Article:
We all know that unstructured play is of the utmost importance for kids. Especially in these modern times where kids days are highly activity structured, they have benchmarks to meet in relation to academic standards, and technology has an amazing capacity to mesmerize their attention.
Here is a video that speaks to the limitless expression of outdoor play and nature connection, and which makes us here at the office reflect on how we choose to engage or not engage in our surroundings and how we all, large and small, can enjoy and benefit from play……
When was the last time you spent a day by a river?
For those of us that live in the Pioneer Valley, the Seven Sisters Range is a common sight from many vantages. This lovely range is an anomaly in that it runs roughly east west and was created as molten rock erupted through fissures in the bedrock. I have hiked these hills many, many times and never tire of the views that can be beholden from the many vistas along its 9 plus miles. Another delight here in the valley is the depth of talent in the musical realm, as well as dozens of venues in which to experience it. Brooks Williams lived here in the valley and recorded many recordings on the valley label Signature Sounds. Please check out his lovely song – “Seven Sisters” here.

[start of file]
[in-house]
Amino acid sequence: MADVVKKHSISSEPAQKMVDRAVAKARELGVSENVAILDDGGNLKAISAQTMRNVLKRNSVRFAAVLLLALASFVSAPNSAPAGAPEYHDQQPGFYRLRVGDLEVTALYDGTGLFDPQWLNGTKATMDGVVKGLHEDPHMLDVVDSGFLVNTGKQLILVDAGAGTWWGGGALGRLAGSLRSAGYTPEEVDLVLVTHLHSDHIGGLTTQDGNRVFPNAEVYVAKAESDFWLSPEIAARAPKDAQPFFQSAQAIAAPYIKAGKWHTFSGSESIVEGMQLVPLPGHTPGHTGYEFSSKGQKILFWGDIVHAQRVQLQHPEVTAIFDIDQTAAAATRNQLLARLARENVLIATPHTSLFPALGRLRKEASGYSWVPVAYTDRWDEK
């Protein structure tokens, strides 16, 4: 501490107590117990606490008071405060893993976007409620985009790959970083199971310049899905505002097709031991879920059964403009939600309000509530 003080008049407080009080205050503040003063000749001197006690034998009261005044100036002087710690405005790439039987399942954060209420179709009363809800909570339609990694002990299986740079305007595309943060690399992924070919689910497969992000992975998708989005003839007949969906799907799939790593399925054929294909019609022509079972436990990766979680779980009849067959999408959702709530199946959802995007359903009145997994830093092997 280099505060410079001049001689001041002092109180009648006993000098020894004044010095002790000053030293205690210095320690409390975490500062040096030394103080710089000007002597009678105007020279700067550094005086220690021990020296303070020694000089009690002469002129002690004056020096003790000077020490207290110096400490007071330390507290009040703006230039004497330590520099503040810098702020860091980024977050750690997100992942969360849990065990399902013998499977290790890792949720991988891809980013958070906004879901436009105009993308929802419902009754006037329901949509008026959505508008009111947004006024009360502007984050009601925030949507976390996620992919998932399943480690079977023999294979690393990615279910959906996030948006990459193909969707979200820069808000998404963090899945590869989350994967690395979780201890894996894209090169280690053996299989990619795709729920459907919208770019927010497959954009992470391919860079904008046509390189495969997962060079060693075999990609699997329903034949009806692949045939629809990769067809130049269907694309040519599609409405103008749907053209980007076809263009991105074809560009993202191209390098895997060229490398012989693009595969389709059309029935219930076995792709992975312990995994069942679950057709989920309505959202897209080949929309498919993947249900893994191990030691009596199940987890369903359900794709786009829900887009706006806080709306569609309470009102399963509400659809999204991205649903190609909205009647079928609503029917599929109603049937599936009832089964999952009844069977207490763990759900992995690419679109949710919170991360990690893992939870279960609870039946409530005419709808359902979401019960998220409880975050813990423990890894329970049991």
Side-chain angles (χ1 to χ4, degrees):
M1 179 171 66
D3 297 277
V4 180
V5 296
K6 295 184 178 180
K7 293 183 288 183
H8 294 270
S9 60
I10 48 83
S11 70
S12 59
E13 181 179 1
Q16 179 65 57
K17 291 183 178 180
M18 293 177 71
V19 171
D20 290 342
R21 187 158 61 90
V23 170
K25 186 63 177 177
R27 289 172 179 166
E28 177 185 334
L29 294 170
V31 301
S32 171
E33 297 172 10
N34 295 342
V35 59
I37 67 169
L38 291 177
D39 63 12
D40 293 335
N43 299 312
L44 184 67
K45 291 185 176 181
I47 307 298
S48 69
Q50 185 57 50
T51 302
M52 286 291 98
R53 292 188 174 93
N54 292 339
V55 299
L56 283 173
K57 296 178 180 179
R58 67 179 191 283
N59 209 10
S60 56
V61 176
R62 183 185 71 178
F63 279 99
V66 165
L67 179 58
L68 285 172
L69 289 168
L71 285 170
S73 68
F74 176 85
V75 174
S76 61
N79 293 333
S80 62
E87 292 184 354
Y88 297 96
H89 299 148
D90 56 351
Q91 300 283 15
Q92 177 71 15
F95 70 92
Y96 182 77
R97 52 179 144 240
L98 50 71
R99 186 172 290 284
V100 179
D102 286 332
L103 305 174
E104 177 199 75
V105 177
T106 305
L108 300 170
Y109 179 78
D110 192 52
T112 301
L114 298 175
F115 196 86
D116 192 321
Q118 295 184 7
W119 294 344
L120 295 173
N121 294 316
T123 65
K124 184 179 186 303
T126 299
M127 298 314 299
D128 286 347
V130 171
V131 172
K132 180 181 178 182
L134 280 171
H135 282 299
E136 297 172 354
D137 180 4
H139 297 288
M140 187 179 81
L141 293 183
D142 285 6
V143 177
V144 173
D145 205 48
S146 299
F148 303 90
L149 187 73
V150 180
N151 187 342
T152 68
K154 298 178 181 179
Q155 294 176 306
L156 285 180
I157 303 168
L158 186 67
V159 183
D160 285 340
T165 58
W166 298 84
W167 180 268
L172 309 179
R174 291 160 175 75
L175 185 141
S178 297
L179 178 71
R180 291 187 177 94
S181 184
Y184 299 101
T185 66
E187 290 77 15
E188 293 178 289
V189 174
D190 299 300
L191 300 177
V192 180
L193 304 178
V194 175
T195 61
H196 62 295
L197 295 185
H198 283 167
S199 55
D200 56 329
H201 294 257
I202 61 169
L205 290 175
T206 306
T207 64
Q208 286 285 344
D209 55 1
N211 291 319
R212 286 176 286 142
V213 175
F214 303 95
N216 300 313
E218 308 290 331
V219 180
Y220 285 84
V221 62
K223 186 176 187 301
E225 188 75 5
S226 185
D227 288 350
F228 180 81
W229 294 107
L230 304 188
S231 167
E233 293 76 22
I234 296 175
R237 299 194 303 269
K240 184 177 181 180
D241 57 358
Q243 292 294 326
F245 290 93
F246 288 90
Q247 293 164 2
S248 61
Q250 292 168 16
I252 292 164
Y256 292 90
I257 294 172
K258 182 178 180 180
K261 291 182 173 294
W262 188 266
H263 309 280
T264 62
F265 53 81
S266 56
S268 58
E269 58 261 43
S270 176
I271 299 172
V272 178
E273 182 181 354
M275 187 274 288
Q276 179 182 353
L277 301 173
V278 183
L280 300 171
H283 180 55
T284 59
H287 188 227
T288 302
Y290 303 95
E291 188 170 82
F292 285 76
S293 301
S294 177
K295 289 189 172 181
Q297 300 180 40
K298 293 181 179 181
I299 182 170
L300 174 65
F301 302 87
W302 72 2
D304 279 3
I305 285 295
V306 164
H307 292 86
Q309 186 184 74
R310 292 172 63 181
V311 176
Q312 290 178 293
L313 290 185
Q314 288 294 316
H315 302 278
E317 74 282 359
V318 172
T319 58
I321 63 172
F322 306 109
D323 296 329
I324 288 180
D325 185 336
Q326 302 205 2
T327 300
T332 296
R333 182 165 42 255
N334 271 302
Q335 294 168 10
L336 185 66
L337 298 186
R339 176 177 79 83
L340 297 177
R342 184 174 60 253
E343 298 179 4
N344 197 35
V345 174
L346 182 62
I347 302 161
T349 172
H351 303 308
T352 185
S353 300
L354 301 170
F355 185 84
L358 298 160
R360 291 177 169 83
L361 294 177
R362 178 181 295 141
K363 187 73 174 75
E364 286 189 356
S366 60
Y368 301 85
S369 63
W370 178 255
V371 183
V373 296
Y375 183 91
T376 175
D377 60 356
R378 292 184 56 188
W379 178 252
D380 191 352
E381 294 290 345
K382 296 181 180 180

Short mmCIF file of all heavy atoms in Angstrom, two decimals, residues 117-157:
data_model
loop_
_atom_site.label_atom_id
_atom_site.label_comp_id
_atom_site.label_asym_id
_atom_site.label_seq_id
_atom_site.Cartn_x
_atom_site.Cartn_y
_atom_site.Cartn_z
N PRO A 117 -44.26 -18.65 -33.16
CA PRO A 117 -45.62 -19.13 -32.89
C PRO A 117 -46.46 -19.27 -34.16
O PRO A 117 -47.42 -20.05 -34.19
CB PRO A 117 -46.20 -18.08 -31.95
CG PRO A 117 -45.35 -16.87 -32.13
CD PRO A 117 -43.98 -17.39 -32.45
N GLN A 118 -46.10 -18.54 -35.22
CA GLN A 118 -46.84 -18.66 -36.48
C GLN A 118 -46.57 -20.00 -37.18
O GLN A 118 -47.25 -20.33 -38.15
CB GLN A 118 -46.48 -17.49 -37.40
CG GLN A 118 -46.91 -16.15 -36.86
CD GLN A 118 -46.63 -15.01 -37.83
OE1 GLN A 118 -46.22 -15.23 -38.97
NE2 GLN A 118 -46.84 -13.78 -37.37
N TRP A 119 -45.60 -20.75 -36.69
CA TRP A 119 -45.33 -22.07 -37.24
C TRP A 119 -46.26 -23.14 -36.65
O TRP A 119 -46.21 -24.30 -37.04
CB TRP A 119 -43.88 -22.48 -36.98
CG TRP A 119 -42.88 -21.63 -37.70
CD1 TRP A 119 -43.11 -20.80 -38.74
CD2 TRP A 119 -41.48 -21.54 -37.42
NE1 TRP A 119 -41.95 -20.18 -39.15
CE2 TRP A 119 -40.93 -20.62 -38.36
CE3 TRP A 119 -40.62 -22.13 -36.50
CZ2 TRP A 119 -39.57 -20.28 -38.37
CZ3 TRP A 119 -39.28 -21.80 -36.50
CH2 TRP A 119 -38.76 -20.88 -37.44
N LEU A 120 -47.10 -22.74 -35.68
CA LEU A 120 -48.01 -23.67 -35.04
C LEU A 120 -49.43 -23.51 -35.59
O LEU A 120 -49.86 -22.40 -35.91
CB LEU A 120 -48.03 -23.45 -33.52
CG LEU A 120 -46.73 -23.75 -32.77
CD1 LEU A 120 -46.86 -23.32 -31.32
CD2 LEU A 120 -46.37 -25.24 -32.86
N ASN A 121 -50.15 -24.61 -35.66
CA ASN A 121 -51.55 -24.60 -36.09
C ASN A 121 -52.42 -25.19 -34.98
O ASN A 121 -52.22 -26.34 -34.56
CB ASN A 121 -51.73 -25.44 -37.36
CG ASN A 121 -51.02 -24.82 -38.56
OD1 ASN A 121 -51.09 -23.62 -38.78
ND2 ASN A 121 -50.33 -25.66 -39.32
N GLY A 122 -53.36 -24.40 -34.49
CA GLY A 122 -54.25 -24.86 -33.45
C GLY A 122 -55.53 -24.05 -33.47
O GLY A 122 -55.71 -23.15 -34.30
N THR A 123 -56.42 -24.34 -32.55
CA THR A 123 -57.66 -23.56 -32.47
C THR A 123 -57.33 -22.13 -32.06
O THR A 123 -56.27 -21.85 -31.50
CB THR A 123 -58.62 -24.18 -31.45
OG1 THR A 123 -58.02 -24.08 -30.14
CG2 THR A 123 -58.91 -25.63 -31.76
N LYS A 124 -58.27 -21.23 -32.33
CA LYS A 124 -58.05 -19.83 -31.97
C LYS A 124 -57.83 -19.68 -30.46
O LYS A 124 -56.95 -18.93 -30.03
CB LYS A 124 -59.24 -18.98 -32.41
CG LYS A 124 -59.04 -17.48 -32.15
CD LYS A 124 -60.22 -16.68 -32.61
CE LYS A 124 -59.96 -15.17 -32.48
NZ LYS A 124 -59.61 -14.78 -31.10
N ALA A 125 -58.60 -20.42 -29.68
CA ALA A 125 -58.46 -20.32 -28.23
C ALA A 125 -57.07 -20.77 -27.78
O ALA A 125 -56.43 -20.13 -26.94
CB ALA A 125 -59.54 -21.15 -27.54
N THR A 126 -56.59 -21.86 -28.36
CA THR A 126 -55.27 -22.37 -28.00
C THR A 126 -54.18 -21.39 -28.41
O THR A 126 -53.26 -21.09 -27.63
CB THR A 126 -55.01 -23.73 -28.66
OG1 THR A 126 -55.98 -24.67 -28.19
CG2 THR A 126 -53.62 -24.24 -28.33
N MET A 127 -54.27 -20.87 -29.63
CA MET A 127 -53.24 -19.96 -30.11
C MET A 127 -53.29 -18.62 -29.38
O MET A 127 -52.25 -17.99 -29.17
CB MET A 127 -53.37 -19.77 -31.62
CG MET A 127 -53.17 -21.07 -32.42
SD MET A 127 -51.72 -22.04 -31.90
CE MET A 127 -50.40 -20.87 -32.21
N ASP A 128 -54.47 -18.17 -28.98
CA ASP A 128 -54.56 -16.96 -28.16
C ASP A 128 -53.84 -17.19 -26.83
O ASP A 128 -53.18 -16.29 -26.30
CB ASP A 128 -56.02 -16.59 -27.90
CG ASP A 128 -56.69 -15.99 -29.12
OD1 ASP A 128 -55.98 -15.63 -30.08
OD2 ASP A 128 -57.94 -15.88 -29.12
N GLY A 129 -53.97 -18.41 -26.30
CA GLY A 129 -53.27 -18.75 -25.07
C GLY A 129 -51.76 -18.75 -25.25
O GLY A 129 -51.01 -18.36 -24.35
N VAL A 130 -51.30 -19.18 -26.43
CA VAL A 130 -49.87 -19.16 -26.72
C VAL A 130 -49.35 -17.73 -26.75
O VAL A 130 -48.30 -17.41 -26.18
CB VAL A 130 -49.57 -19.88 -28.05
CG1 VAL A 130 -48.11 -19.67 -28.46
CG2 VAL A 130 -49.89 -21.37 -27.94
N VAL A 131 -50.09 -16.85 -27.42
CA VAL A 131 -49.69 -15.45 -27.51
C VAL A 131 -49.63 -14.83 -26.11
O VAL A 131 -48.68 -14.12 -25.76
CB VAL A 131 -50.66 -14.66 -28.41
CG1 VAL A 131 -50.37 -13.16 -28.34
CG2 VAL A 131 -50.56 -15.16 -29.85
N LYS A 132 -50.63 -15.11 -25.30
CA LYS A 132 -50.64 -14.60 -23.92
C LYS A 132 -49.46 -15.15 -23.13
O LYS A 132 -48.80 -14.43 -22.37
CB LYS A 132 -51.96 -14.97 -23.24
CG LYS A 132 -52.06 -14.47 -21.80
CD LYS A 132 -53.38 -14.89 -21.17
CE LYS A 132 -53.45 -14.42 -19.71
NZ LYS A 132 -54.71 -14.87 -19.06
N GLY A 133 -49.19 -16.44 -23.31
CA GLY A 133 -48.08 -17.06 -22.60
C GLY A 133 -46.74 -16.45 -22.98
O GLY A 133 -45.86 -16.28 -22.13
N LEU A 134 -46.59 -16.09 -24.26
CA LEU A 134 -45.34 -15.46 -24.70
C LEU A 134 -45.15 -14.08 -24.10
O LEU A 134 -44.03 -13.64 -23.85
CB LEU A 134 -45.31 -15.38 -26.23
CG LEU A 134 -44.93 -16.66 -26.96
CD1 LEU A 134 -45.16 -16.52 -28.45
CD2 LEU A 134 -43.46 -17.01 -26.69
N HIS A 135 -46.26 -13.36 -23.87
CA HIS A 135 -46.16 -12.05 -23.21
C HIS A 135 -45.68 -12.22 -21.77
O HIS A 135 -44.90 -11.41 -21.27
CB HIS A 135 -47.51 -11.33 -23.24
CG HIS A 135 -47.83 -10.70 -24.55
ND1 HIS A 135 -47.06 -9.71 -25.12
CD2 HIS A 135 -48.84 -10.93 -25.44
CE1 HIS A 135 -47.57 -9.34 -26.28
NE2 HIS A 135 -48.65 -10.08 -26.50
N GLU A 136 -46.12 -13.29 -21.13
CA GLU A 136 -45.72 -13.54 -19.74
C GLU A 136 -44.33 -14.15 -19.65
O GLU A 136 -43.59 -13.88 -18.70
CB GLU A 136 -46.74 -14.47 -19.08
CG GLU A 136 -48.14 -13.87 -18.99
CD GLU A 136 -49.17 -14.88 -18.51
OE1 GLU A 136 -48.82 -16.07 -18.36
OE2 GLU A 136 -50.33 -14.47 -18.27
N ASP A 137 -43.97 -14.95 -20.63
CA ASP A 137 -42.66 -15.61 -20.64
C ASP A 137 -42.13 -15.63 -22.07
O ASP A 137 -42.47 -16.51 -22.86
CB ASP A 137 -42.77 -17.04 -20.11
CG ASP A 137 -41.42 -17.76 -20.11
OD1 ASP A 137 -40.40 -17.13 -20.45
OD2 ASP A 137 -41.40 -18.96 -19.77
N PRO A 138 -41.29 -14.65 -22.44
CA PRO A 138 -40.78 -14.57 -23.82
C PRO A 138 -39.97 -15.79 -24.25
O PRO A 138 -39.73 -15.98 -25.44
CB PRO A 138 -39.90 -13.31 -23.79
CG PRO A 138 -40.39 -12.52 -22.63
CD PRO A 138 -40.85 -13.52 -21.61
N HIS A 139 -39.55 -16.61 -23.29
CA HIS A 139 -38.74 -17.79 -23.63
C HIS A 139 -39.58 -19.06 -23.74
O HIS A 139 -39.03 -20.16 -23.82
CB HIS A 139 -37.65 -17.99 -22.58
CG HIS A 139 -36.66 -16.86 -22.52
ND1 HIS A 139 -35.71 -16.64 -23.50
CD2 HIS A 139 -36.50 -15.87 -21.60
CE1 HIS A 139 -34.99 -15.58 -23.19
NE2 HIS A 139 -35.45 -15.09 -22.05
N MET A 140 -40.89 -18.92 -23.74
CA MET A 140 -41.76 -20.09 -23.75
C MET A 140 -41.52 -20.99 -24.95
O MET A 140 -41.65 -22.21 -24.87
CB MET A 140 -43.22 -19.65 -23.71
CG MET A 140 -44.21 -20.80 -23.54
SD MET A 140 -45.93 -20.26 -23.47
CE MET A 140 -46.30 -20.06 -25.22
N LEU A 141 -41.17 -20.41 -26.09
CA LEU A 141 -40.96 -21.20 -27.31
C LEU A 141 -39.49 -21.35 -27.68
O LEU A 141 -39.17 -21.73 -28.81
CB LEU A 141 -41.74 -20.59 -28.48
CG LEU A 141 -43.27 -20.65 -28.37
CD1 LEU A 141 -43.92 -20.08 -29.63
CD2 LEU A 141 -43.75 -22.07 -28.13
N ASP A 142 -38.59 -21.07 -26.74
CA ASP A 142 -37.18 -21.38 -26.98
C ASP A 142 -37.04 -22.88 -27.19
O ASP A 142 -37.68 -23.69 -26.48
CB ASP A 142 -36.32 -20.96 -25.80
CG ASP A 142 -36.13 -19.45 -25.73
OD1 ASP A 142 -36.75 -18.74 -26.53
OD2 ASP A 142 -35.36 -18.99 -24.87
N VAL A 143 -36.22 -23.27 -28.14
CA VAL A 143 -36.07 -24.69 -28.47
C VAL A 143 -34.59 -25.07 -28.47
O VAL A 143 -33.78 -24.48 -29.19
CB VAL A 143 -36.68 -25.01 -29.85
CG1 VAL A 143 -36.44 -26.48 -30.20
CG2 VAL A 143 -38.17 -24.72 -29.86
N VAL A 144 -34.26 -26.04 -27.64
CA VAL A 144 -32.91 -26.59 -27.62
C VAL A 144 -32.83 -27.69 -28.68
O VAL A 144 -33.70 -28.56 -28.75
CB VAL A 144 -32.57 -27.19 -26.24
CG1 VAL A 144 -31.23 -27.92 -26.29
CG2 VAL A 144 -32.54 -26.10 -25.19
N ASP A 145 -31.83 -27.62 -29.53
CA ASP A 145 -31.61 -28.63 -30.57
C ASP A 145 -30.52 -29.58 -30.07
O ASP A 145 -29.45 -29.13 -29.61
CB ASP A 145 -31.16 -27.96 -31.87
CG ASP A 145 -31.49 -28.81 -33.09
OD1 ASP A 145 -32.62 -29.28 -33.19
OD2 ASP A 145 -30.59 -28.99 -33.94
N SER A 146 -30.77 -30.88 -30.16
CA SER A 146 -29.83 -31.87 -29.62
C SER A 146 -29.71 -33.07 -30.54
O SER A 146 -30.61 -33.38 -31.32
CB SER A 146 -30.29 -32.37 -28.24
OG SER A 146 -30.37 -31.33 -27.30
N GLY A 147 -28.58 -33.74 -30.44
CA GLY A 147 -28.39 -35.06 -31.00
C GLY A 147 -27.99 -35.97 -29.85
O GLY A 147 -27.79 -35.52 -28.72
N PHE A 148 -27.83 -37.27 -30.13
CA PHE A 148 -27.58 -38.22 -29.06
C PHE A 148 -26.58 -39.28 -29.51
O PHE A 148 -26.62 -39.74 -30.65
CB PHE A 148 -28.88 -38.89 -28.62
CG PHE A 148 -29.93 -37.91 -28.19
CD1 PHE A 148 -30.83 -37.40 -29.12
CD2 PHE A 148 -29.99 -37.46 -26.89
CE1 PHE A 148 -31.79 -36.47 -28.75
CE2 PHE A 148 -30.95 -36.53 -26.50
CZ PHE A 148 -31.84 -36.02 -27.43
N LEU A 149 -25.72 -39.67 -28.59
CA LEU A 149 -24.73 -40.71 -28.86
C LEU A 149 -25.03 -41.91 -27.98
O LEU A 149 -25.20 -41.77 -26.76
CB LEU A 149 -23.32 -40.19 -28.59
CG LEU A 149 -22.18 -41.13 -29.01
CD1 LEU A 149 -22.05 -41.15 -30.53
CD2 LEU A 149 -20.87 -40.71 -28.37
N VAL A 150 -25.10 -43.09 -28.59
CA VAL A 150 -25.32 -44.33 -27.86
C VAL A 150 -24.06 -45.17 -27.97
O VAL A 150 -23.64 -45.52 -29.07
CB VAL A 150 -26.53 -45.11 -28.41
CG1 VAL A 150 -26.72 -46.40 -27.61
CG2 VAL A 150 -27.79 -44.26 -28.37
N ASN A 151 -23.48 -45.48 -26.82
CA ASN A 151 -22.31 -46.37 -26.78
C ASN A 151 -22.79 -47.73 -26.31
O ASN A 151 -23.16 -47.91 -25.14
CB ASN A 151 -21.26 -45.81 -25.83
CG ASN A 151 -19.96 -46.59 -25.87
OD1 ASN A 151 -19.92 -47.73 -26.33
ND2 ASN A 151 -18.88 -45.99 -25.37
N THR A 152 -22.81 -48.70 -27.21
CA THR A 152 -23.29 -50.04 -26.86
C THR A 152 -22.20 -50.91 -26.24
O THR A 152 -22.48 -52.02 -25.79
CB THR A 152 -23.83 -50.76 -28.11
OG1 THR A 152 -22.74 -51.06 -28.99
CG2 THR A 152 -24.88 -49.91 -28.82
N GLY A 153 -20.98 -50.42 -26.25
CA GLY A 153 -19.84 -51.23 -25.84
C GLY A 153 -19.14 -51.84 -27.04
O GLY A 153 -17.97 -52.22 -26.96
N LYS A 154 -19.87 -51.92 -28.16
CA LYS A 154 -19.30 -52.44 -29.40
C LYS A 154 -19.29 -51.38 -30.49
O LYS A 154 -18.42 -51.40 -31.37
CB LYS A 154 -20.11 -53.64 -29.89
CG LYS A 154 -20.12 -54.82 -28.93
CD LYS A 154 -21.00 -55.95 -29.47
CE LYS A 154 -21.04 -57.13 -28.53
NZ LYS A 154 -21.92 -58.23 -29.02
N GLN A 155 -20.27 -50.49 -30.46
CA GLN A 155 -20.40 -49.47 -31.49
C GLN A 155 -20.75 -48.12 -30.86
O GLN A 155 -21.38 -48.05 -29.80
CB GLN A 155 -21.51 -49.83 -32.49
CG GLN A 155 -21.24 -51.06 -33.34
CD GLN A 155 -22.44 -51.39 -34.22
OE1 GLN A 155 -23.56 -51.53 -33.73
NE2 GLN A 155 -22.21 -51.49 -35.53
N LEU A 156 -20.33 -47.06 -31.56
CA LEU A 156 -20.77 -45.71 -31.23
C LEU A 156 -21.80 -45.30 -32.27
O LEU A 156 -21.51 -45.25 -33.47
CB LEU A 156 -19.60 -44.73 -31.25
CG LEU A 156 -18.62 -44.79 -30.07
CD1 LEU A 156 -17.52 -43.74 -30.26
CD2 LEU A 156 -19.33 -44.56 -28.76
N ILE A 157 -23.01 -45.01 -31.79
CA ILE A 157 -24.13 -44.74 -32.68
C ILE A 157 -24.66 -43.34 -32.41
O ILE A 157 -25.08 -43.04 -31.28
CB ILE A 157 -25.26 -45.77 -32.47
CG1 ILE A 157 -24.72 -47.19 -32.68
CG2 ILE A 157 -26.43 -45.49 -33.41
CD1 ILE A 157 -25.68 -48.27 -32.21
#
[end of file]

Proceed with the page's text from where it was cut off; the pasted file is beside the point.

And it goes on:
The movement started in 2011 by a Washington DC pediatrician by the name of Robert Zarr as a means to fight obesity, chronic disease and ‘nature deficit disorder’, doctors are sending folks outside.
Parks Rx, which is a program under the National Park Service’s Healthy Parks Healthy People initiative, includes a newly created database that chronicles some 350 parks and helps match patients to local outdoor venues. The care providers and patient discuss what might be an enjoyable outdoor activity that would have strong health benefits – this information goes into the database as well to help determine the actual prescription.
This is both a wonderful development and a somewhat disturbing testament to how separated many people are from being physical in the natural world. How about getting outside to play, recreate and exercise BEFORE the doctor tells us to?
We can call it prevention.
Every once in a while I have a vision – I am suddenly transported to a place in my mind where I can picture the banks of the Connecticut River swarming with large, bipedal dinosaurs. Did you know that the “first dinosaur tracks in recorded history” were found here in the Connecticut River Valley? (Or at least the first European person to take special note of them…)
The story goes that in 1802, a farm boy by the name of Pliny Moody plowed up a slab of rock with tracks in it which he described as being “three-toed like a bird”. He brought it home to use as a doorstep. Local religious figures attributed the track to “Noah’s Raven”. Later the tracks were thought to have been made by a large, crocodile-like reptile and paleontologists named the creature Otozoum moodi in Pliny’s honor.